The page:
The Sporran : A Brief History

The Sporran

The sporran has become an integral part of modern kilt wear. Its prominence, hanging in the centre of the kilt apron makes it highly visible. This means as well as being functional, its form is important for display. Its designs reflect fashion and event formality, and have been used to indicate rank.

The Kilt Experience Handsewn Kilt and Handstitched Antler Sporran Made in Scotland
The Kilt Experience men in kilts tartan Scotland
The Kilt Experience Kilt Outfit and Vintage Sporran

The origins of the sporran, which translates from Gaelic as purse, is as a functional pouch. In antiquity, before the advent of pockets, most cultures would have used a convenient and secure purse or pouch to hold valuable possessions, frequently used items or even food. These would have been hung around the body on a string or belt particularly under outer or loose garments. Sometimes outer garments had slits cut into them so as the wearer could access the pouch without needing to take them off. There are differing opinions around when pockets started to be stitched directly into clothing.

The Kilt Experience féileadh-mór Macpherson tartan Jacobite Great kilt outfit
A modern féileadh-mór outfit
The Kilt Experience Handmade 18th Century style (soft body) Leather Sporran
18th Century-style (soft-body) Sporran

In Europe during the 17th Century, pockets were being sewn into coats and waist coats. However, use of belt-hung pouches would certainly have continued during this period particularly for those wearing clothing where pockets would have been impractical. 

One such garment was the  féileadh-mór, the great loosely-pleated tartan belted plaid, from which the modern kilt can trace its origins. The earliest contemporary descriptions of the féileadh-mór appear at the end of the 16th Century.

A simple leather draw string sporran was worn on the belt of the féileadh-mór.

By the 18th Century many of the depictions of sporrans occur on illustrations of military figures and in portraits of the aristocracy. These show the development of sporran style with a metal clasp known as a cantle. Surviving examples of sporrans from this period can be seen in National collections and provide the detail for authentic reproductions.

During the 19th Century the sporran developed along several lines becoming elaborate and ornate, using a range of animal skins and hair, some becoming increasingly large and others incorporating full face animal ‘masks’. Tassels appeared on even simple leather sporrans perhaps reflecting the now redundant draw strings and fastenings from earlier times. The Hunting sporran appears often with a leather cantle and tassels pinned to the sporran body.

The Kilt Experience Bagpiper horse-hari military sporran Handsewn Kilt Bagpipes
Military-style silver cantle horse-hair sporran

The sporran became almost exclusively worn with its own belt, initially a leather strap but increasingly replaced by metal chain.

During the 20th Century sporran design continued to reflect changing fashions. Celtic revivalism saw the incorporation of  motifs from the 5th to 9th Century on the leather work and in the cantle. Increasing popularity of the kilt for wedding and formal events during the latter part of the Century saw a huge demand for the mass produced ‘dress’ and ‘semi-dress’ sporrans which have become the ‘staple’ of many high street and internet ‘kilt’ retailers, and kilt hire establishments.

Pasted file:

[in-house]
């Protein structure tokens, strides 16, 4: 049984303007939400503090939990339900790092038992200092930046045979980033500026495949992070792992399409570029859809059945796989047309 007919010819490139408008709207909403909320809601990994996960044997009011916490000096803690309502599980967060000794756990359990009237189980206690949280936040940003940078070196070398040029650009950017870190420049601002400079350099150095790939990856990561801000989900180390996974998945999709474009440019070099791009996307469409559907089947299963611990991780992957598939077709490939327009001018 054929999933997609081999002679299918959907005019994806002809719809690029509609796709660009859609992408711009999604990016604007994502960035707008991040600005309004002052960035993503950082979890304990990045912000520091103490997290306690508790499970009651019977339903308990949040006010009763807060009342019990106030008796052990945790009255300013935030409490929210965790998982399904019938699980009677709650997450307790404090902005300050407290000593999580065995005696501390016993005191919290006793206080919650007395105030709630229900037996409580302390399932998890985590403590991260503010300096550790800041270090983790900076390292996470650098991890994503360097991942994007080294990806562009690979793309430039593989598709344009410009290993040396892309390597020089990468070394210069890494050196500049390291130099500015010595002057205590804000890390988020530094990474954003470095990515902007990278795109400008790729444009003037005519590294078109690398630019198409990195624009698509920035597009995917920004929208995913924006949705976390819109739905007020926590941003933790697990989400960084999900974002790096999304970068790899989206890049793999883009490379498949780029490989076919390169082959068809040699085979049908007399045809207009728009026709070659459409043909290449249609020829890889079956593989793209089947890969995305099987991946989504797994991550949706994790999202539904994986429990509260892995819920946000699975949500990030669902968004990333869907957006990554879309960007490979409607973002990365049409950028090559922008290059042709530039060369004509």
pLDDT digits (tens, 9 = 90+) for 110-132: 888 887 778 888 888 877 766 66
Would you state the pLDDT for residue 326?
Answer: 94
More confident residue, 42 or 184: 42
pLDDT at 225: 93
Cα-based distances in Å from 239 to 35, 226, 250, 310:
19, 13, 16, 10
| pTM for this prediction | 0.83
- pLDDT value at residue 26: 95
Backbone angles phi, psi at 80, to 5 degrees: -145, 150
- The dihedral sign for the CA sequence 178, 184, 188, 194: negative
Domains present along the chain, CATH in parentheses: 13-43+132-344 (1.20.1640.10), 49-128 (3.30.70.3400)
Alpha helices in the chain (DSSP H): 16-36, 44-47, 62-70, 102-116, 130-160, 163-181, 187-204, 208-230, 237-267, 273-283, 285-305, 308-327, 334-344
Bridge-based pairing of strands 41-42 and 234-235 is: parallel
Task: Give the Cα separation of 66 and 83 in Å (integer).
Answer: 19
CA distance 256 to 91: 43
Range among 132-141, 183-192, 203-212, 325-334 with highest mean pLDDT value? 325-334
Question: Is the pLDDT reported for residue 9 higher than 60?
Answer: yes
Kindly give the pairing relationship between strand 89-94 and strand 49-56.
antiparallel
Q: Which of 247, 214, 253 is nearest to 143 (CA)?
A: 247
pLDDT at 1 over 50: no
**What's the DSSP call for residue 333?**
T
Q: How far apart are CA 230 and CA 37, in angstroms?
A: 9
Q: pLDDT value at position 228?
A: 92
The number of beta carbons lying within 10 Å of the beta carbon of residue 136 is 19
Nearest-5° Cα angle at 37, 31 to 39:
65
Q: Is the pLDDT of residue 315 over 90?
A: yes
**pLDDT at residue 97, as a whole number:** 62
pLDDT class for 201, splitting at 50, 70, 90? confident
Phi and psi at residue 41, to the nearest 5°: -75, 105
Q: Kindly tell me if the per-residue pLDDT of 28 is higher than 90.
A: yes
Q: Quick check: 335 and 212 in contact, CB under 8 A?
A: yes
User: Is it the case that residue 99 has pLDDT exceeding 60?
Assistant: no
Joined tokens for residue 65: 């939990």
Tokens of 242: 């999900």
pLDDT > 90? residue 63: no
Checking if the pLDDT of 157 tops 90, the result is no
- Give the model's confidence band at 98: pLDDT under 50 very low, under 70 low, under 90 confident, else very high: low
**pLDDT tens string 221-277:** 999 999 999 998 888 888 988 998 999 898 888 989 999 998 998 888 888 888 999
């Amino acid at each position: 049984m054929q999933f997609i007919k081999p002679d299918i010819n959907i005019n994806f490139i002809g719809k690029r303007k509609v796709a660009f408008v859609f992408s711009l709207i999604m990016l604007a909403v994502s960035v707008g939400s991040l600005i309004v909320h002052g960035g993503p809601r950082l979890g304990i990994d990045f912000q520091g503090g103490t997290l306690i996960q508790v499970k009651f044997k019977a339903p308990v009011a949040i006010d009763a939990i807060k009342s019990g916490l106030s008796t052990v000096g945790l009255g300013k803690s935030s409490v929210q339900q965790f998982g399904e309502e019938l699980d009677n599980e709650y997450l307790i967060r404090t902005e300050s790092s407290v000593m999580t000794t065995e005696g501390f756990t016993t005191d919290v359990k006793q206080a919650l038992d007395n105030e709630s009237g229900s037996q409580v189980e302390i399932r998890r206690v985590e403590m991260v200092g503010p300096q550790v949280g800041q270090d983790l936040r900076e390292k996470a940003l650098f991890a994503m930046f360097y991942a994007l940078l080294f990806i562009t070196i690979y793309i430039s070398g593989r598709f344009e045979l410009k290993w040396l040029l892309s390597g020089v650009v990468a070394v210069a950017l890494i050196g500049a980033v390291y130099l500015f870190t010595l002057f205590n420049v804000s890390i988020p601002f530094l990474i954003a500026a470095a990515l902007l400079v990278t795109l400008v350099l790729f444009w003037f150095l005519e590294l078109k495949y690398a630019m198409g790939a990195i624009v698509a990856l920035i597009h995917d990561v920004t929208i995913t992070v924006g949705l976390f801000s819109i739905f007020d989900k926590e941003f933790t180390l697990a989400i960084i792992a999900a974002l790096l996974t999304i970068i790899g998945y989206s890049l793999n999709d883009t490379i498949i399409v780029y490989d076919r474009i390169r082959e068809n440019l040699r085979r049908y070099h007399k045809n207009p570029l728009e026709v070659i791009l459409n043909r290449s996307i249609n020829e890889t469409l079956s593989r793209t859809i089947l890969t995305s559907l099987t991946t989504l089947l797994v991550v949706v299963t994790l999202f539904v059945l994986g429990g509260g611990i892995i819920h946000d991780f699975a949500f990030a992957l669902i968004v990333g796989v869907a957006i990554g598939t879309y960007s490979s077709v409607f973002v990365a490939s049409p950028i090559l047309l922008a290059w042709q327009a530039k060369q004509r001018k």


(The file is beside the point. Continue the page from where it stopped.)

seal skin sporran
20th Century seal skin 'dress' sporran with Celtic motifs

Military sporran design also became more elaborate, including long horsehair designs. The varying hair colours, combination, size and pattern of tassel came to denote regiment and even rank.

The Kilt Experience Bagpiper
Pipe band issue 'dress' sporran with pewter cantle
The Kilt Experience Handmade Hunting Sporran
The Kilt Experience Hunting Sporran

At The Kilt Experience we have drawn on 40 years of sporran-wearing experience in designing, developing and creating our own range of distinctive sporrans. Our sporrans are essentially functional. They are entirely hand-made from first cut to final polish in a range of quality leathers using traditional hand-stitching techniques.

The Kilt Experience Handstitched Deluxe Antler Sporran Made in Scotland
The Kilt Experience: Deluxe Antler Sporran in Praline Leather

Fashion continues to drive the development of the sporran. Asymmetry, once an unconventional alternative has been appropriated by large manufacturers. ‘Lifestyle’ preferences are seeing a growing demand for low carbon, indigenous provenance and cruelty free alternatives to the generic mass-produced and animal product designs. Novel design and materials are still being sought and tested.

The Kilt Experience Handsewn Kilt, made-to-measure Elliots Estate Tweed outfit, Hand-stitched leather Antler sporran, House of Cheviot Socks, Made in Scotland, Scottish Borders
The Kilt Experience: Deluxe Antler Sporran in Oxblood Leather

We use distinctive antler fastenings on a number of our designs with deference to early ‘draw string’ sporran pouches. We make these fastenings by hand from naturally-cast Scottish red deer antler, and feature them on our 18th Century Style (‘soft-body’) Sporrans and in our unique Antler Sporran range. Our Antler sporrans incorporate a stronger body design, with the antler fastening, in simple and distinctive form.

All our sporrans are designed to be functional and look great. Each sporran is entirely hand made to order, so no two are identical. We are happy to discuss our sporran designs, how we make them, and work with you if you have your own ideas or custom requirements.

We look forward to hearing from you!

Ant and Zoë

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The Kilt Experience Handstitched Deluxe Antler Sporran Made in Scotland
The Kilt Experience: Deluxe Antler Sporran in Black Leather
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